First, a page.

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Germane cognitive load is that load devoted to the processing, construction and automation of schemas.
Germane load was first described by Sweller, van Merrienboer and Paas in 1998. While intrinsic cognitive load is generally thought to be immutable, instructional designers can manipulate extraneous and germane load. It is suggested that they limit extraneous load and promote germane load (Sweller, van Merrienboer & Paas, 1998).
Until the 1998 article by Sweller, van Merrienboer & Paas, cognitive load theory primarily concentrated on the reduction of extraneous cognitive load. With this article, cognitive load researchers began to seek ways of redesigning instruction to redirect what would be extraneous load, to now be focused toward schema construction (germane load). Thus it is very important for instructional designers to "reduce extraneous cognitive load and redirect learners' attention to cognitive processes that are directly relevant to the construction of schemas" (Sweller et al., 1998, p.265).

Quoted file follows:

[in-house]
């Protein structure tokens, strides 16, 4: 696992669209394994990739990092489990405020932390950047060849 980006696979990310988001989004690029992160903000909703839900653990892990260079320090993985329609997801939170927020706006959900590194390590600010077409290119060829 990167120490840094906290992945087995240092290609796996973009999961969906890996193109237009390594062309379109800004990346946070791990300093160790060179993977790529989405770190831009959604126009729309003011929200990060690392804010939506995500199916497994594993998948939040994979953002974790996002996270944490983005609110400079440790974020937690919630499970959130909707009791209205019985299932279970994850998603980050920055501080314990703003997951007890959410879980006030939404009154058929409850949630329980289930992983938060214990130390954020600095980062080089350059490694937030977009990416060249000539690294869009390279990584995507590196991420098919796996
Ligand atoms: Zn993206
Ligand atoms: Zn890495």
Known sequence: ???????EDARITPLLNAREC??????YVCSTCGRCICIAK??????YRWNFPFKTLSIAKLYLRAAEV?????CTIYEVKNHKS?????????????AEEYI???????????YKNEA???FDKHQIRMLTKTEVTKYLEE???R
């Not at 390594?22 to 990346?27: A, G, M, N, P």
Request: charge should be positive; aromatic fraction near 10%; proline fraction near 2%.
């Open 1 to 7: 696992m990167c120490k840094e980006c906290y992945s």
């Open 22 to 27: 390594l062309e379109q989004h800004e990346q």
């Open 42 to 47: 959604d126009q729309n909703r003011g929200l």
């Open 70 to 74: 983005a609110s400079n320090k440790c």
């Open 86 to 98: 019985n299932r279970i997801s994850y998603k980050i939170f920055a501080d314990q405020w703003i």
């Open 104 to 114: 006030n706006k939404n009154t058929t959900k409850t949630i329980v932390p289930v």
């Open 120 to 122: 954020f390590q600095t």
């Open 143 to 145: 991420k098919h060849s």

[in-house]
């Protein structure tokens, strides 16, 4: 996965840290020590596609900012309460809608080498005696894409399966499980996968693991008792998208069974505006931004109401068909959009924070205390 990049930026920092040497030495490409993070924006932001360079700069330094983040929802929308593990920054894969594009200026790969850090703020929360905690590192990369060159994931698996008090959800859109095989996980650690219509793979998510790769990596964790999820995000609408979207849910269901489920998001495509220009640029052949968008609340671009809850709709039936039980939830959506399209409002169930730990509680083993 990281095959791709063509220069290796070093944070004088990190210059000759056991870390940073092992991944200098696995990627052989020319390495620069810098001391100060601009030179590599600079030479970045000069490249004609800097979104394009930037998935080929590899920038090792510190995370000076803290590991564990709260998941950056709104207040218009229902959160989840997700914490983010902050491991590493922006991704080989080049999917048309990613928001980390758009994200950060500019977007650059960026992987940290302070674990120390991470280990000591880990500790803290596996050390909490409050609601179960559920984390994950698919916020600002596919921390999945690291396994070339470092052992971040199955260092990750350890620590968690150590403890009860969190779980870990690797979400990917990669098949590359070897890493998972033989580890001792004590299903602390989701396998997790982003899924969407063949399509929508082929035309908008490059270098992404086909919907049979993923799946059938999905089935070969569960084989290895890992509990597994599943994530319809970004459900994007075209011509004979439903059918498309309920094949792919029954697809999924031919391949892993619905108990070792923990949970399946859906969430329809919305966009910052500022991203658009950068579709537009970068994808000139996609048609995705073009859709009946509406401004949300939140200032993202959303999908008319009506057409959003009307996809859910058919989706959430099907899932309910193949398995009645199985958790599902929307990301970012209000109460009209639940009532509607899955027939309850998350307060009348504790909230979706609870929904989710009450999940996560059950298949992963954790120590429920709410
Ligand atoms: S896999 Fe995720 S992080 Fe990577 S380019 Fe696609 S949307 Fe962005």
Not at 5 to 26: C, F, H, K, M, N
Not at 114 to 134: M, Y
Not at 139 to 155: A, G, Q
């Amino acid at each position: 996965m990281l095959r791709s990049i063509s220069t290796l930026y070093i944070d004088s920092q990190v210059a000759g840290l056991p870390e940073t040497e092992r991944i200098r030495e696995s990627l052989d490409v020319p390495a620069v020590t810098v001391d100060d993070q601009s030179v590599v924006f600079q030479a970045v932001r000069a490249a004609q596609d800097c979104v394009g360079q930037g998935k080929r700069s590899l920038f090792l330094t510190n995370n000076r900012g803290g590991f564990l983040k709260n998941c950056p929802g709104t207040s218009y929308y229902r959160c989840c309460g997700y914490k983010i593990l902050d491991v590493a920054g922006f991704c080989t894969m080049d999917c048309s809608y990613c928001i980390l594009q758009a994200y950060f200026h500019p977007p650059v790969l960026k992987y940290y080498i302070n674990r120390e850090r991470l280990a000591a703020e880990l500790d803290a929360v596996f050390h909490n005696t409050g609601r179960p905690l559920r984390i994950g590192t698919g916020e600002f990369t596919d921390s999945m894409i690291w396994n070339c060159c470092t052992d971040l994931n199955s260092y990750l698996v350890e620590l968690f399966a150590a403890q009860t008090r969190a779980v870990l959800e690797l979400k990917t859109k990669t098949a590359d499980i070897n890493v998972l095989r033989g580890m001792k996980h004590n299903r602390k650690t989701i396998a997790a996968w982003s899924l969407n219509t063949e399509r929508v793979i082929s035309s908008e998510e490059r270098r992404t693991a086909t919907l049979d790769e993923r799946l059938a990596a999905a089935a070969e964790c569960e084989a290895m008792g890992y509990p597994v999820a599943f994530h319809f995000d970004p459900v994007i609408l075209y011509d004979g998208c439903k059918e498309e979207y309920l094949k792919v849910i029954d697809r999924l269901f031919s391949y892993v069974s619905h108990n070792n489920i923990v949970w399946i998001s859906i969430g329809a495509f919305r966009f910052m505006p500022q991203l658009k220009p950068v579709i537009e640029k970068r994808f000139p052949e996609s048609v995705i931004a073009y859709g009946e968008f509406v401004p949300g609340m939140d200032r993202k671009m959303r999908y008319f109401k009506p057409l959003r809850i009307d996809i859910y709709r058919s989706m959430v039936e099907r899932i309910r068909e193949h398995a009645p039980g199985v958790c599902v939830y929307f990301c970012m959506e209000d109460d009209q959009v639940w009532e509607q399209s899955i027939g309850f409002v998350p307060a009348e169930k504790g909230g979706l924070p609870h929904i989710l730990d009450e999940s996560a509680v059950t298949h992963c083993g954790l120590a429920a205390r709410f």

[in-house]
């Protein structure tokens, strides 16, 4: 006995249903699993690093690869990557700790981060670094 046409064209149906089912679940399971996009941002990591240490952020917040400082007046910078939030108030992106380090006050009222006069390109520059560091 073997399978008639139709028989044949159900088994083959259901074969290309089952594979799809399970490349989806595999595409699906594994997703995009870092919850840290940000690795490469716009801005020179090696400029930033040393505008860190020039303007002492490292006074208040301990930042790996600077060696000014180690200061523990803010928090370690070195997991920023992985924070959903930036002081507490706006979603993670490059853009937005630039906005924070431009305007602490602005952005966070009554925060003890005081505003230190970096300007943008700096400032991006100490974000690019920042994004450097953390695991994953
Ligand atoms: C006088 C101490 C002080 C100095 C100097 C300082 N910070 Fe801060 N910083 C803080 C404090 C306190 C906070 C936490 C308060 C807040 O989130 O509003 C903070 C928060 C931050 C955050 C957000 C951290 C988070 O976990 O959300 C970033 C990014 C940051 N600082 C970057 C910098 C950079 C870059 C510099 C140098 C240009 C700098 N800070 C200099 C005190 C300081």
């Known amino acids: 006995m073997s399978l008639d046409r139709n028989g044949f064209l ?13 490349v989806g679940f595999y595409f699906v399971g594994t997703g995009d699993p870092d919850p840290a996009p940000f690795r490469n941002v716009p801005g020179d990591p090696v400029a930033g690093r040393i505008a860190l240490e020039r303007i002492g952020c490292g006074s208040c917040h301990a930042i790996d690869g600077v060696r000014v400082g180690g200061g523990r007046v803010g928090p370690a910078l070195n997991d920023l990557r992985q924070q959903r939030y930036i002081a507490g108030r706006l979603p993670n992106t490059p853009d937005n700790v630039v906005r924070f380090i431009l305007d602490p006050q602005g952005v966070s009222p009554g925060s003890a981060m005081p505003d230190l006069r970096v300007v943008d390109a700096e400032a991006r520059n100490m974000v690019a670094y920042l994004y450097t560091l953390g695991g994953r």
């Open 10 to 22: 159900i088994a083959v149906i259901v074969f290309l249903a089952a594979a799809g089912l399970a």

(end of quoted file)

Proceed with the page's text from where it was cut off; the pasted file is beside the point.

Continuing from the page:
- Sweller, J., Van Merrienboer, J., & Paas, F. (1998). Cognitive architecture and instructional design. Educational Psychology Review 10: 251-296.
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